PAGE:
Recent debates on the single currency have largely shown that reform is preferable to the status quo on the one hand, and the abandonment of the euro on the other. Is this enough to trigger the transformation of the euro according to the outlines described above? Certainly not. Nevertheless, a whole range of converging reasons makes us anticipate the beginning of a reform by 2020 as follows:
– public opinion, as understood by the national leaders, would be ready to accept a change on this side, as the recent political debate has given them the opportunity to denounce the single currency, and they are waiting for evolution after the 2017 elections in France and Germany;
– right now, the extreme rights have imposed this subject, they will only be more legitimate and more audible after the European elections of 2019 when they will represent one of the main political forces in the European Parliament;
– if the Schäuble “barrier” (probably the most rigid euro manager) breaks down after the German elections in September, discussion will be welcomed and facilitated;
– the desire to “save” the euro is reinforced, paradoxically, by Brexit: in fact, Europe needs financing for many projects, including the renovation of its infrastructure, but also for its companies if the latter wish to be able to compete with GAFA (Google, Apple, Facebook and Amazon web giants) or other Wall Street-funded NATUs (Netflix, Airbnb, Tesla, Uber). The uncertain future of the City of London in the management of the euro has thus launched a vast operation to recover this market on the continent, with Frankfurt and Paris at the forefront;
– the protectionism which has the wind in its sails (the election of Trump is no stranger, of course) pleads for a return to national currencies on the one hand, but also, on the other hand, for a withdrawal and a strengthening of the euro area against the Chinese, Indian, Russian, and American mastodons; an equation which finds its solution in the reform which we have sketched above;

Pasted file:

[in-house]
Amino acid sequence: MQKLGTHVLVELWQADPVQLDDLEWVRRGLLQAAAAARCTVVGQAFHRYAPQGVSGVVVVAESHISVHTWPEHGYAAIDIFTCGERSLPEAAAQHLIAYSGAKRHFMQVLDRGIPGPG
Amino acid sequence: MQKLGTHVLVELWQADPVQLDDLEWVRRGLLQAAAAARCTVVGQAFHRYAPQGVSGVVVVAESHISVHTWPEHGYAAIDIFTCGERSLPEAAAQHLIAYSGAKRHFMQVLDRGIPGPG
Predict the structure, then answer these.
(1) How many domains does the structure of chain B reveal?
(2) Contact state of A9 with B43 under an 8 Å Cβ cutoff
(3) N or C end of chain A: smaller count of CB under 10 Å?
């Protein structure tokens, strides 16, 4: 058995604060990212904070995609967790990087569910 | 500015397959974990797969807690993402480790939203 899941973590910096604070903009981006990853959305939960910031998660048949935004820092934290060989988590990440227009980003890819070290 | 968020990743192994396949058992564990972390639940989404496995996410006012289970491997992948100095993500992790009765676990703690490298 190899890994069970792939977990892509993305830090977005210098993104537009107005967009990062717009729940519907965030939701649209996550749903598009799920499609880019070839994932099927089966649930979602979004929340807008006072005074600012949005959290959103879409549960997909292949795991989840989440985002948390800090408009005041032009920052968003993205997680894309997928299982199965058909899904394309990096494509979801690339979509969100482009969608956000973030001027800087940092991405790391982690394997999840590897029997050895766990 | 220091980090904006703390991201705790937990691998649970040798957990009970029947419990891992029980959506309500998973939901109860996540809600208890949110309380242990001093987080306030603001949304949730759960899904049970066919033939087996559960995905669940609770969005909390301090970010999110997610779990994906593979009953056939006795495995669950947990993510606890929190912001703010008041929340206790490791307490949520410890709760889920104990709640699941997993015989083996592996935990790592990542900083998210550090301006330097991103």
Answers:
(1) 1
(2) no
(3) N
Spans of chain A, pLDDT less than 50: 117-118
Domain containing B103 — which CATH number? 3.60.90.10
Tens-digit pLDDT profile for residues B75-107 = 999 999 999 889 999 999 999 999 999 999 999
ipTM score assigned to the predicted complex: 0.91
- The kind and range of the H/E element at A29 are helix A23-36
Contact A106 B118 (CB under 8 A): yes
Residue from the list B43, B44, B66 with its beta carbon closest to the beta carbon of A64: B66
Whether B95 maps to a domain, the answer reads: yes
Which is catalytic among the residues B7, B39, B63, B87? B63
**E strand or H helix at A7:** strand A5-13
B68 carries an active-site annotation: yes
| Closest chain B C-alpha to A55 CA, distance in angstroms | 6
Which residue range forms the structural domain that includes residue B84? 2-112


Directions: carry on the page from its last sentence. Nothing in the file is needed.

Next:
– the supposed Chinese “threat” is a particularly powerful lever to safeguard the euro in one way or another;
– and finally, it is interesting to note that Germany, which, as explained above, has benefited greatly from the euro after its efforts to restrain wages, does not push its advantage further: Schäuble criticises the policy of the ECB, which induces a weak euro, even though it boosts German exports. Countries such as Italy, which suffer from the euro, can therefore hope to find common ground, like in “if the euro is too weak for you, too strong for us, then how should we proceed? “.
Such an outcome to the European crisis would of course be a considerable failure for Europe over the last twenty years, since it would more or less correspond to a return to the ECU system (1979-2002) and would seal, for at least another twenty years, the project of political union and socio-economic convergence which contributed to the inauguration of the adoption of a single currency. But our team has an anticipatory approach and if the think tank LEAP, to which it belongs, will continue to carry out actions of democratisation of the European and Euroland entities and authorities, it must be clear that the strongest probabilities are on the side of solutions among member states, since they refuse to share the European project with the citizens it should serve…
This is an excerpt from the GEAB 114 / 2017. Read the entire report on your GEAB client platform.
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